Certain Geiger counters especially previous designs need calibration for making sure that the readings are accurate. The instruments from International Medcom include innovative design techniques and high-quality components. In over 26 years of manufacturing of the Radalert, Radalert 50, Radalert 100, the Inspector, Inspector Alert and similar instruments, the company ascertains that these instruments maintain their original calibrations remarkably well.
Frequency of Calibration
Certain facilities require calibration certificates or annual calibration with an NIST-traceable source. After manufacture, these instruments are electronically calibrated and except for the CRM-100, an electronic calibration certificate is shipped along with each order. In case, NIST-traceable calibration is needed, it can be offered at an additional fee when the order is placed.
If the instrument is for educational purposes or as a hobby, calibration is not need on a regular basis, however periodic checking against a known radioactivity source makes sure it is working perfectly. If the instrument is used professionally in an environment with radioactive materials, a calibrated check source can be periodically used for the same purpose.
Determining the Minimum Detectable Activity of Beta Radiation
In order to determine the minimum detectable activity of beta radiation the following factors need to be considered:
- Firstly, it is essential to know the efficiency of the detector for the specific radionuclide, after which the sampling time needs to be determined to obtain the needed statistical level of confidence.
- It is also important to consider the detector geometry with respect to the source for instance, in case of conducting measurements on a flat surface, only the radiation that decays in the direction of the detector can be detected hence using a 1000 DPM point source with 100% detection efficiency, it is possible to detect approximately 500 DPM.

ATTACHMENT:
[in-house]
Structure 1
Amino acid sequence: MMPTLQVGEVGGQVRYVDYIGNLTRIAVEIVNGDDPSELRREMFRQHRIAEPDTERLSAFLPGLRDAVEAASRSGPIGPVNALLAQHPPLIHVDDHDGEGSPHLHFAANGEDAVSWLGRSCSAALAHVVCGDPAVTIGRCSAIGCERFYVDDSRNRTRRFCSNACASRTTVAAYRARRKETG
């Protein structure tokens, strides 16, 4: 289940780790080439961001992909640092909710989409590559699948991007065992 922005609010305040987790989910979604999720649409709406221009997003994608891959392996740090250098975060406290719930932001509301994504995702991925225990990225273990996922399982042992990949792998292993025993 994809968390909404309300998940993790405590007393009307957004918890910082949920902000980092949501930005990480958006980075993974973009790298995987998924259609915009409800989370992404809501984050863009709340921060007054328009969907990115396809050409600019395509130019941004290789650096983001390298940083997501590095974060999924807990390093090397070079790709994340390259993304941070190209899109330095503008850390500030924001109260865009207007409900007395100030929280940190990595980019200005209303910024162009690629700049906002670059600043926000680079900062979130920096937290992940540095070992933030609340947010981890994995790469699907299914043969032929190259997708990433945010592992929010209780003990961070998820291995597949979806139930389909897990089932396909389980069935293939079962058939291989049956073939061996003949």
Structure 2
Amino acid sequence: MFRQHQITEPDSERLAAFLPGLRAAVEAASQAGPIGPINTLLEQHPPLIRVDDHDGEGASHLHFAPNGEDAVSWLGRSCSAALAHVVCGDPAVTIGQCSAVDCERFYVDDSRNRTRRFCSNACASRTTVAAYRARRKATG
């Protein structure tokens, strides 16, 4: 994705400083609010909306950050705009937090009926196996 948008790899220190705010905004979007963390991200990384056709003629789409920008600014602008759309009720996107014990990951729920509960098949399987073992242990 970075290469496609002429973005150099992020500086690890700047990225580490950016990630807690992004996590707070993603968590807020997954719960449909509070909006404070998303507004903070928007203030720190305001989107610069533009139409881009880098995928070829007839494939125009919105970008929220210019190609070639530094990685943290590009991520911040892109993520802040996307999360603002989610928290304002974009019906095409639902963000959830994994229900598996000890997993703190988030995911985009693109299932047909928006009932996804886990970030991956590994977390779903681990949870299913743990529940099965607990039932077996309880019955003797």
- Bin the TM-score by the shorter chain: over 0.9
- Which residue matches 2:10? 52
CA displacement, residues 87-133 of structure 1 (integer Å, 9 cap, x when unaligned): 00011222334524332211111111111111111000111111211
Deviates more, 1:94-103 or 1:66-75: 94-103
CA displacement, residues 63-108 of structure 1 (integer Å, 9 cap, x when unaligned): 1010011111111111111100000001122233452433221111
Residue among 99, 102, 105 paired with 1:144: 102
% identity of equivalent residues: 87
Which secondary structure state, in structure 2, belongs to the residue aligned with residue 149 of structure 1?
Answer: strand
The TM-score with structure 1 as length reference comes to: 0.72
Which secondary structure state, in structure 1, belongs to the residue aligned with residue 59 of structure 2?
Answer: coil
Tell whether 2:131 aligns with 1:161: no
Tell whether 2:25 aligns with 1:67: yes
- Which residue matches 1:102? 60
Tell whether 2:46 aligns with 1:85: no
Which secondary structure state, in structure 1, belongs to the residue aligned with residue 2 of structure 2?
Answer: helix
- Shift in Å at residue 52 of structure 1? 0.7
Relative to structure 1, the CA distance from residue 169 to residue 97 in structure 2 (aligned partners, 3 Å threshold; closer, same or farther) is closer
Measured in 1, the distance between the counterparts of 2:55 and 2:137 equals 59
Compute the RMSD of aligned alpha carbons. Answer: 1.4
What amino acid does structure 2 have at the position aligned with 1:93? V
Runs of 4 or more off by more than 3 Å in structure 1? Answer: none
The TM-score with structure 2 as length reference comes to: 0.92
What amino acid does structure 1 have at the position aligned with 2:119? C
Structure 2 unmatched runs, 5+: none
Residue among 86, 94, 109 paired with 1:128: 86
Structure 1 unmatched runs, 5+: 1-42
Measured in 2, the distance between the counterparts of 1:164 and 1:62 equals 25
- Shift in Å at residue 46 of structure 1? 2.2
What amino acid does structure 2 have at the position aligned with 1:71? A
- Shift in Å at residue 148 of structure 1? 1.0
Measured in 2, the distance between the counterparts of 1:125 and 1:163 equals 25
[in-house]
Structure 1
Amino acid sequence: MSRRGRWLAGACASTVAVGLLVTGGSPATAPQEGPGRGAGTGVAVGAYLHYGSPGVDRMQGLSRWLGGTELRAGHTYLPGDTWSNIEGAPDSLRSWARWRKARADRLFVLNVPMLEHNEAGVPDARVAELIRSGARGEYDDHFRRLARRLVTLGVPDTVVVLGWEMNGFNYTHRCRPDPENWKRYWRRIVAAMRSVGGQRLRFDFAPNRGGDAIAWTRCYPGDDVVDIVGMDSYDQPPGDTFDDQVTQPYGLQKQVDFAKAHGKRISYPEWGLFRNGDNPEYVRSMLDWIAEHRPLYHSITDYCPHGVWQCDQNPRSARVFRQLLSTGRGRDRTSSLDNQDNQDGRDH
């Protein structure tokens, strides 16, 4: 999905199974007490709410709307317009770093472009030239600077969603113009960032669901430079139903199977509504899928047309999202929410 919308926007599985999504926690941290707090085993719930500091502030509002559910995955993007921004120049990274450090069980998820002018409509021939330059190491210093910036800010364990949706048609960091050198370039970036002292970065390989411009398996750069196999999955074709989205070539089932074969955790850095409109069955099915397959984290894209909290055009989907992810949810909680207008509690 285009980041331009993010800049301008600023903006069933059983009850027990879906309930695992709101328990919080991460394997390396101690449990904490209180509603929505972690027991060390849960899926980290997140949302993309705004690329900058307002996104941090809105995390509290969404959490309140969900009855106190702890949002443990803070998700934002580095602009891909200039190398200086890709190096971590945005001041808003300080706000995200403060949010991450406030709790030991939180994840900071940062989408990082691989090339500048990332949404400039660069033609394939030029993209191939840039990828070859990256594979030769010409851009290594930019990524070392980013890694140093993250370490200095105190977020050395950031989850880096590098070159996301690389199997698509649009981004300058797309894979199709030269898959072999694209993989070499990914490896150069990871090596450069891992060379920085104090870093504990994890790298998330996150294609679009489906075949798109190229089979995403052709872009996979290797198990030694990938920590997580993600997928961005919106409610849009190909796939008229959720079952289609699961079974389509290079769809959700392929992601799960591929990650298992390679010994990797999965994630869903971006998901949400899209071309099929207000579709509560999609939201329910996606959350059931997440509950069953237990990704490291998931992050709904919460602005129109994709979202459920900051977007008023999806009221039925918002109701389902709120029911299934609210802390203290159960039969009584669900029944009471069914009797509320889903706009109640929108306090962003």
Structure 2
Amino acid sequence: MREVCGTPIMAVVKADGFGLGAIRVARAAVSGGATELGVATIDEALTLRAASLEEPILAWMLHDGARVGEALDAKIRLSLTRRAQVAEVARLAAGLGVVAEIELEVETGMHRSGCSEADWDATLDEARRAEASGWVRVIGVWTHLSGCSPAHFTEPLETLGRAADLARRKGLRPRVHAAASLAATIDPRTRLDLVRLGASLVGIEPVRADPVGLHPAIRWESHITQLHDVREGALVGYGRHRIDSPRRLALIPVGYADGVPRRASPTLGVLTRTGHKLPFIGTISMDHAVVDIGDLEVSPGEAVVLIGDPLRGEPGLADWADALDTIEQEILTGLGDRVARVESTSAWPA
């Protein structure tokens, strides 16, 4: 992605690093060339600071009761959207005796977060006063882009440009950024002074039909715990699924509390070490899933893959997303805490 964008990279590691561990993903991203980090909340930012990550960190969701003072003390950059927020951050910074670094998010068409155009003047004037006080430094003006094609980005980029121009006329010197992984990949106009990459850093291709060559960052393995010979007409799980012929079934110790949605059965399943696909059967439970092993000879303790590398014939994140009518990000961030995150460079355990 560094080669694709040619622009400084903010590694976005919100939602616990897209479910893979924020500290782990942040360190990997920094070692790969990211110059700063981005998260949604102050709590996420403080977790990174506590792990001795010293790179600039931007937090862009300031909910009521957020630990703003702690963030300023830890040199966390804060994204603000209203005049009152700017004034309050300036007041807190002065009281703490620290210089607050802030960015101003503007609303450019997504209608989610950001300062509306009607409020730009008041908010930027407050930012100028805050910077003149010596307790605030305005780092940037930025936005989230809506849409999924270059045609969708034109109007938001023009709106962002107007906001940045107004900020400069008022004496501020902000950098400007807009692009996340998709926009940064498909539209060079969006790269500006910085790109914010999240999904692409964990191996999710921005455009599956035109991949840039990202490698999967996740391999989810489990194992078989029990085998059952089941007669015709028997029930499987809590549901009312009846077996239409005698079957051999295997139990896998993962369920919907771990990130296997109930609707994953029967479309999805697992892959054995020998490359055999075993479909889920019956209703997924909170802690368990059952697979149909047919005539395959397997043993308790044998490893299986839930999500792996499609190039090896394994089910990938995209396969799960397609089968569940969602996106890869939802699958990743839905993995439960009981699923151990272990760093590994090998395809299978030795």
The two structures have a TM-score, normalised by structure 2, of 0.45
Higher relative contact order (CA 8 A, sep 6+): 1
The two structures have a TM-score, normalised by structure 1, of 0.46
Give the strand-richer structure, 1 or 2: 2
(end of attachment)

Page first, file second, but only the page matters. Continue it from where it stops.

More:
- By using the Radalert 100 or the Inspector Alert in the total mode (accumulated counts) the sensitivity is considerably improved by enabling a longer sampling period.
Technical Advice for First Responders
Difference between a Combination Device with Base Unit with Different Probes and a Comprehensive Device
Combination survey meters having a base unit with an interchangeable GM probe and/or a scintillation probe are a bulky and costly solution. A comprehensive device is light-weight, easy to operate and less costly. This may be a suitable instrument if you are an advanced user and are conversant with differences between the probes and know how appropriate adjustments have to be made on the instrument to accommodate them.
Type of Instrument to be Purchased by First Responders
The customer must understand the limitation of instruments that detect gamma radiation above a certain energy level. A first responder can consider a rate meter that senses gamma between the energy ranges of 15 keV and 10 MeV and also detects alpha, beta and X-radiation. The first responder must be able to detect alpha, beta and low energy gamma radiation as well as high energy gamma radiation because since there are a number of radio nuclides that only emit alpha, beta or low energy gamma radiation.
In case a first responder has an instrument with capability of detecting only high energy gamma radiation, it is possible that many possible dangerous radionuclides that could be used for a dirty bomb are not detected. Some examples are:
- Americium 241 normally emits alpha radiation as well as a small amount of low energy gamma radiation. It is found in household smoke detectors and many industrial devices, and this radionuclide could be very easily accumulated to a quantity that will make a dirty bomb.
- Only beta radiation is emitted by Strontium 90. Strontium 90 is found in reactor waste and is a byproduct of nuclear reactors.
- Plutonium 239 emits alpha radiation and very less amount of gamma radiation. Plutonium 239 is considered highly dangerous and is considered a nuclear weapons material. Furthermore, alpha and beta radiation are significant health risks in case they are ingested or inhaled. Any of these three radionuclides and several others will be impossible or very difficult to detect with a gamma only detector.